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Original article

Retrospective Analysis of Patients and Treatment Characteristics: Istanbul CyberKnife Coalition Data


Background: To evaluate the patient and treatment characteristics of four radiotherapy centers with robotic systems (CyberKnife) in İstanbul.

Materials and Methods: Five hundred and ninety-three patients treated with CyberKnife (CK) system during 2010 were included in this study. Data regarding their diagnosis, radiosurgery (SRS) indications, total treatment doses, and number of fractions were analyzed.

Results: Patient numbers from each center were as follows:  Acibadem University Maslak Hospital (186), Kartal Egitim ve Arastirma Hospital (161), Anadolu Saglik Merkezi (145), and Istanbul University Istanbul Medical Faculty Radiation Oncology Department (101). Median age of the patients (355 males (59.9%), 238 females (40.1%)) was 55 years (range: 8-87).  Intracranial tumors (77.2%) were biggest group, according to location of the disease.  Distribution in terms of diagnosis were as follows: metastasis to brain (36.6%), spinal and paraspinal tumors (8.8%), primary lung tumors (7.4%), head-neck tumors (6.1%), glial tumors (5.9%), meningioma (5.4%), other brain malignancies (4.6%), lung metastasis (4.2%), acoustic neuroma (3.9%), other intracranial lesions (3.9%), intra-abdominal malignacy and extracranial metastases (2.9%), liver lesions (2.4%), pituitary adenoma (2.2%), adrenal metastases (1.5%), uveal melanoma (1.3%), prostate cancer (1.2%), pancreatic cancer (0.5%), extracranial schwannoma (0.5%), and unclassified other tumors (0.8%). CK was used as primary treatment in 348 patients, for reirradiation in 209 patients, for planned boost in 26 patients, and in 10 patients for recurrence in previous field edge. Total median dose of whole group was 2100 cGy (800-7500 cGy), median dose per fraction was 800 cGy (200-3750), and median total fraction number was three (1-10).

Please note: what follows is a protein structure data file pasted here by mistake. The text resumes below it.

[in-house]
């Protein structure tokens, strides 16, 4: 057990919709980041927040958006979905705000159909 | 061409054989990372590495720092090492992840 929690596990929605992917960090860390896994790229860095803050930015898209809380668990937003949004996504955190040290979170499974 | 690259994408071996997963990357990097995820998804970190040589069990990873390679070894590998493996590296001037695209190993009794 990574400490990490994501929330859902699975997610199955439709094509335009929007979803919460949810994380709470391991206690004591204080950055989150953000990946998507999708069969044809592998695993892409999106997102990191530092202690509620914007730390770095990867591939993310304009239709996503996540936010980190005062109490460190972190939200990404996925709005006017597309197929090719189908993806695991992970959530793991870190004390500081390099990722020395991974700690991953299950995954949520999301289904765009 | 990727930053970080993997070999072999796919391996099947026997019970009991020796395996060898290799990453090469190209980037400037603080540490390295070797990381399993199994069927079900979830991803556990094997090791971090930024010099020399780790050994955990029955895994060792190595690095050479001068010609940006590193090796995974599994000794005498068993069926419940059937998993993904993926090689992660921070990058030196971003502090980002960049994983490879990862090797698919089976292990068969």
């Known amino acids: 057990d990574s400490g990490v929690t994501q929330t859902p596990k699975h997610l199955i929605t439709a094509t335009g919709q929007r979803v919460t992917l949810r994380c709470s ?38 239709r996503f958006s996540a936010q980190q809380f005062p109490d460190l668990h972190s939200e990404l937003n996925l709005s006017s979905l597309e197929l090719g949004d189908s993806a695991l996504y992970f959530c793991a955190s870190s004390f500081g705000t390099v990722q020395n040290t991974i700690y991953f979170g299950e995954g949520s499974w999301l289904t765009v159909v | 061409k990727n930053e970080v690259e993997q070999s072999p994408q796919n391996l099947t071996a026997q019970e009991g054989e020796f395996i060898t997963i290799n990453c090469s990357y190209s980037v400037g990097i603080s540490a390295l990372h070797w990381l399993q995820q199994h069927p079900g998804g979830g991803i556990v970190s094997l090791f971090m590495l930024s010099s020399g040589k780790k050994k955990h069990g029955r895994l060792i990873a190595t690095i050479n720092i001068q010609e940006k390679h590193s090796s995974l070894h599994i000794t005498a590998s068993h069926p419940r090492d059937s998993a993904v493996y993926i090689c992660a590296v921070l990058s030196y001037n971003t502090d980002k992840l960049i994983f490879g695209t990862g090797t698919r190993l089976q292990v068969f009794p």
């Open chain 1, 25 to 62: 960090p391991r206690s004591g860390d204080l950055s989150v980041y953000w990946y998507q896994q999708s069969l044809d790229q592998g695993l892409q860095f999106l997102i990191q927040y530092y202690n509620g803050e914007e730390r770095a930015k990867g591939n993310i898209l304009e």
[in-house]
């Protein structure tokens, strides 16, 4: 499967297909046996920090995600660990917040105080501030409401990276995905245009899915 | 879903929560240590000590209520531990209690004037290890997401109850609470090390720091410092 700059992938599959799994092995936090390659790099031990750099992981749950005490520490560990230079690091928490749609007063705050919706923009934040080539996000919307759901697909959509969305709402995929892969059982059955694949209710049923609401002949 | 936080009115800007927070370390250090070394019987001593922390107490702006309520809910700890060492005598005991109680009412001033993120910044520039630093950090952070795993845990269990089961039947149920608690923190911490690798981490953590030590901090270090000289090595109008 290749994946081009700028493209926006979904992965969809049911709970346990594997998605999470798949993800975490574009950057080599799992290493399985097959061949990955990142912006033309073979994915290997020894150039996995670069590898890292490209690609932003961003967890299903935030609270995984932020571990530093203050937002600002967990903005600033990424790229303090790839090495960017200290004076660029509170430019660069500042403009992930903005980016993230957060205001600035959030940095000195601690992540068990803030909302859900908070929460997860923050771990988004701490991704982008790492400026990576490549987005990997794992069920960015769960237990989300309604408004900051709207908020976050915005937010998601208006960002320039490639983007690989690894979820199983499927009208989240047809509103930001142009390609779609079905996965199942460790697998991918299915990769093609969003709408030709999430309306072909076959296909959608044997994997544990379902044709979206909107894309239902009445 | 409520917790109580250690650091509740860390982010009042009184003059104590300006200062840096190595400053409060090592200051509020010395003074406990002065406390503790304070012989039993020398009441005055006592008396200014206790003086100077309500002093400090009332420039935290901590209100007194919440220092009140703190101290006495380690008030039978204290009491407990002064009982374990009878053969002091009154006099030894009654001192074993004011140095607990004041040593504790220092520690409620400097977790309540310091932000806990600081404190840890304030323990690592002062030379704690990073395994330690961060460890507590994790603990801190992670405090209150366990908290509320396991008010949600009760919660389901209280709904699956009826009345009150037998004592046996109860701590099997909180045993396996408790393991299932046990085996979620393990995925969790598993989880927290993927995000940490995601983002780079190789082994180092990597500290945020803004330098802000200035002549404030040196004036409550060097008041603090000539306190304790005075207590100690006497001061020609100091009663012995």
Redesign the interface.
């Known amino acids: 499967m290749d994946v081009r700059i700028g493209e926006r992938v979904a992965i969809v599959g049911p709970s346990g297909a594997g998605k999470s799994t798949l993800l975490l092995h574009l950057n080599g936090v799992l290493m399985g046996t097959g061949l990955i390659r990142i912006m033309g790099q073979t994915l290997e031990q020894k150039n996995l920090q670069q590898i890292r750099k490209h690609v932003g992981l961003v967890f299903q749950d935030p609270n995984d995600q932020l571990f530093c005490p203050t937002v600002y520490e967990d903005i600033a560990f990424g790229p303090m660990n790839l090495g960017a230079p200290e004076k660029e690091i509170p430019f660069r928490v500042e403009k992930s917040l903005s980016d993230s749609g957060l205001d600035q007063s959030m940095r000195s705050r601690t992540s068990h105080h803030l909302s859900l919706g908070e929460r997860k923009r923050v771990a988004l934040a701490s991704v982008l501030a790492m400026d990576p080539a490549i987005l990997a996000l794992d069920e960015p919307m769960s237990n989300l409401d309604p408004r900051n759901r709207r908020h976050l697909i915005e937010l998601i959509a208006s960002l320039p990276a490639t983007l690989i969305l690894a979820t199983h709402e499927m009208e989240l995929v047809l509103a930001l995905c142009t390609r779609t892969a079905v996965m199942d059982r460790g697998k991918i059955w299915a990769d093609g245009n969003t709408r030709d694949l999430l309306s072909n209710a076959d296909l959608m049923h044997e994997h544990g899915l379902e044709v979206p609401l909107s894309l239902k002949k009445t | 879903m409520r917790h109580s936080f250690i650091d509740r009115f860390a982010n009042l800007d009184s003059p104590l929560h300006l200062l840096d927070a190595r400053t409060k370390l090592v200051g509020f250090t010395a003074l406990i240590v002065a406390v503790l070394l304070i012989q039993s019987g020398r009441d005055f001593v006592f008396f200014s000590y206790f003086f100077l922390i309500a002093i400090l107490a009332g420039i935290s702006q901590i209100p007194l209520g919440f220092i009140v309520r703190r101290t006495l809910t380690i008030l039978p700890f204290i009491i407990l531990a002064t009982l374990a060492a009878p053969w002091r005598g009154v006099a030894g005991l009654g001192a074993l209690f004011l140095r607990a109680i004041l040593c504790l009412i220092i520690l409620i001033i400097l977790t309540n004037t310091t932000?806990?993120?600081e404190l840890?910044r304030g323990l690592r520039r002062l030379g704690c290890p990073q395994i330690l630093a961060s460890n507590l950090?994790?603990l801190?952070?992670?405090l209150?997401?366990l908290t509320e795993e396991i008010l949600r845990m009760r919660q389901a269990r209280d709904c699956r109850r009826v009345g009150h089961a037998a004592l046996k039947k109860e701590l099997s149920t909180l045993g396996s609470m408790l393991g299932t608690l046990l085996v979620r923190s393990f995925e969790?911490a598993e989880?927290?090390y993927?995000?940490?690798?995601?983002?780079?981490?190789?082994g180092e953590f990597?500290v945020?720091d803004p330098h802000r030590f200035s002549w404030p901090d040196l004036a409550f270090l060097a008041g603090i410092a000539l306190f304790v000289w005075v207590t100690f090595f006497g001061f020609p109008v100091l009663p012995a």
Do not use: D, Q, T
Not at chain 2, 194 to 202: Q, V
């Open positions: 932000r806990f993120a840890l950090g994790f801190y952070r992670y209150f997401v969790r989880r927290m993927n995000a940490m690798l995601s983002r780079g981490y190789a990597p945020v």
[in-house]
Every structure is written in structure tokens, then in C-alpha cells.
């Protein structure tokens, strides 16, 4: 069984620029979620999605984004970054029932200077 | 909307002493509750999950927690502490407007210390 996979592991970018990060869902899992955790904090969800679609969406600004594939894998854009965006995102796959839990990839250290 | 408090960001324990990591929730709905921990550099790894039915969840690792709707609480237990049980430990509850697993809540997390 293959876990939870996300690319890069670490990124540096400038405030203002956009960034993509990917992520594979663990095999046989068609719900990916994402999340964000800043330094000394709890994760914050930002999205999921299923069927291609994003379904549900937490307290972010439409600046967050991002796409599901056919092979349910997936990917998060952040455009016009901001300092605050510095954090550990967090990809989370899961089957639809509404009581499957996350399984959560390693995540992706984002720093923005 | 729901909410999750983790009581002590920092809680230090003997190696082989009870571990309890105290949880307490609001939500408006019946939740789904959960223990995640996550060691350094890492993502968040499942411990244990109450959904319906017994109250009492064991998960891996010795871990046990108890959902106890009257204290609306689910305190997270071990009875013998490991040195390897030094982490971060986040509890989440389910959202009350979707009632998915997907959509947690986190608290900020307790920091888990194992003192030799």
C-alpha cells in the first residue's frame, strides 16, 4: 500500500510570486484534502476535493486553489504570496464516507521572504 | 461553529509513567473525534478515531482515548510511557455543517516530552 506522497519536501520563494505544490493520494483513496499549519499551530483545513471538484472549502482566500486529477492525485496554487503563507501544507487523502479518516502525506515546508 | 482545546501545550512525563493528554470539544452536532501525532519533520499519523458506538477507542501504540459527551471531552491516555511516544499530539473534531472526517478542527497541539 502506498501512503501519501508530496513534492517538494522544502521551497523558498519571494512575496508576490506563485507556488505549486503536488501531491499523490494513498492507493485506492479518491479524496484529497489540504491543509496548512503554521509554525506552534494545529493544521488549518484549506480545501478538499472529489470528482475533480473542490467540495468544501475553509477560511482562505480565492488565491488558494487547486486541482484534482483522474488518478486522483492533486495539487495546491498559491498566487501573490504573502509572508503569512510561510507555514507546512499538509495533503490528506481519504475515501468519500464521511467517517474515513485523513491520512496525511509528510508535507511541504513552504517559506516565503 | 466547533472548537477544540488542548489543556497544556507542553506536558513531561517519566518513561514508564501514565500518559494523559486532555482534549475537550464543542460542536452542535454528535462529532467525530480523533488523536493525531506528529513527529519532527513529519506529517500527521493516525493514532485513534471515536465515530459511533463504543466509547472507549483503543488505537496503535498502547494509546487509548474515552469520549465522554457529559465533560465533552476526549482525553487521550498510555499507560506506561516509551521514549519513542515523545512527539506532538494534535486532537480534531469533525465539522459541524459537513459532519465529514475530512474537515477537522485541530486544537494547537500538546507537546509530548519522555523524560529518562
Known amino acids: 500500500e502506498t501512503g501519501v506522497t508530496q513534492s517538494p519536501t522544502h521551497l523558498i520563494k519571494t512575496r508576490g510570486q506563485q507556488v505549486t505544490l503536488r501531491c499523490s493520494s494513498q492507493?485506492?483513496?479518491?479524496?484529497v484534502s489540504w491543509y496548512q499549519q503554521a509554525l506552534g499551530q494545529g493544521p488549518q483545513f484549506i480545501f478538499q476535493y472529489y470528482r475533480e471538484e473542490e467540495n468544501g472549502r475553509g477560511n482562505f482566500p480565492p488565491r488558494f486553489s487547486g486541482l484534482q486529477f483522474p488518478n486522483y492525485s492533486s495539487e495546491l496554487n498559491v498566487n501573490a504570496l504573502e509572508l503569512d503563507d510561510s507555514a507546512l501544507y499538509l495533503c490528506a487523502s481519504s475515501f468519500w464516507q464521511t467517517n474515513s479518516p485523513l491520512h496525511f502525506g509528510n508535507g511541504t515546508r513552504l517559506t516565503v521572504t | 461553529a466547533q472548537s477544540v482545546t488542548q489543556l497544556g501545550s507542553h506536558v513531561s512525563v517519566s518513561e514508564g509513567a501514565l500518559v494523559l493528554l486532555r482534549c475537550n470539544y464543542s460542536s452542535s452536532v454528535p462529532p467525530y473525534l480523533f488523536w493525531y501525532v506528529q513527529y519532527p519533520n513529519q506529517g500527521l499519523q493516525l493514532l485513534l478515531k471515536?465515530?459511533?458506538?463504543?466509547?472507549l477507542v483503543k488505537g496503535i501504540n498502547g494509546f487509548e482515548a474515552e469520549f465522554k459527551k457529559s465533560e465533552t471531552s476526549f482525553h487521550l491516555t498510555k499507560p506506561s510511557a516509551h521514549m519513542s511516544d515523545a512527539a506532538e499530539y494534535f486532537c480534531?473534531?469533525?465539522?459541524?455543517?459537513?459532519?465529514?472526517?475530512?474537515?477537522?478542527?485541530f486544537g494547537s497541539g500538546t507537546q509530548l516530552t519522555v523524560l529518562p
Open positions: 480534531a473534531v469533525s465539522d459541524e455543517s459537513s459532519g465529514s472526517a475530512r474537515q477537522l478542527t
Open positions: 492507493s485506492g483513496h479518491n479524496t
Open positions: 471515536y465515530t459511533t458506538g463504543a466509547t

Conclusions: As stereotactic radiotherapy with CK is getting used more widespread in our country, experiences are getting larger. CK is preferred as the curative or palliative modality in the treatment of certain malignant and some benign lesions with appropriate indications.


Improvements in computer and imaging techniques in last two decades caused a major progress in radiotherapy (RT) techniques. Previously, therapeutic capability of RT was limited, especially due to the normal tissue tolerance. Three dimensional conformal RT and intensity-modulated RT (IMRT) are used to give maximum therapeutic dose to tumor and protect normal tissues. Stereotactic radiosurgery (SRS) and RT were developed to achieve further improvement, especially in tumors with critical locations.

Lars Leksel first used the term of SRS originally more than sixty years ago [1]. He had treated a brain lesion without opening cranium with a single fraction high dose RT. In 1967, he had introduced Gamma Knife, SRS equipment with stereotactic rigid metal frame [2]. Use of the Gamma Knife is limited to intracranial lesions. Linac-based and robotic techniques were developed to spread SRS use to the all body parts without need of any invasive method (frame). SRS is generally used for single fraction stereotactic radiotherapy (SRT). Fractionated (two to five fractions) use of SRT in extracranial localization is named stereotactic body radiotherapy (SBRT). This form of treatment includes characteristics of both SRS and conventional RT. High ablative doses are delivered in every fraction to the tumor and fractionation gives the normal tissues around the treated site a chance for healing [3].

CyberKnife (CK) (Accuray, Sunnyvale, CA) is a frameless robotic SRS system, which was introduced two decades ago [4]. Basically, it is a Linac mounted on a robotic arm with six joints. The arm gives us the chance to build non-isocentric, noncoplanar highly conformal planes. Two additional diagnostic X-ray imagers mounted in the room give the ability of image-guided RT.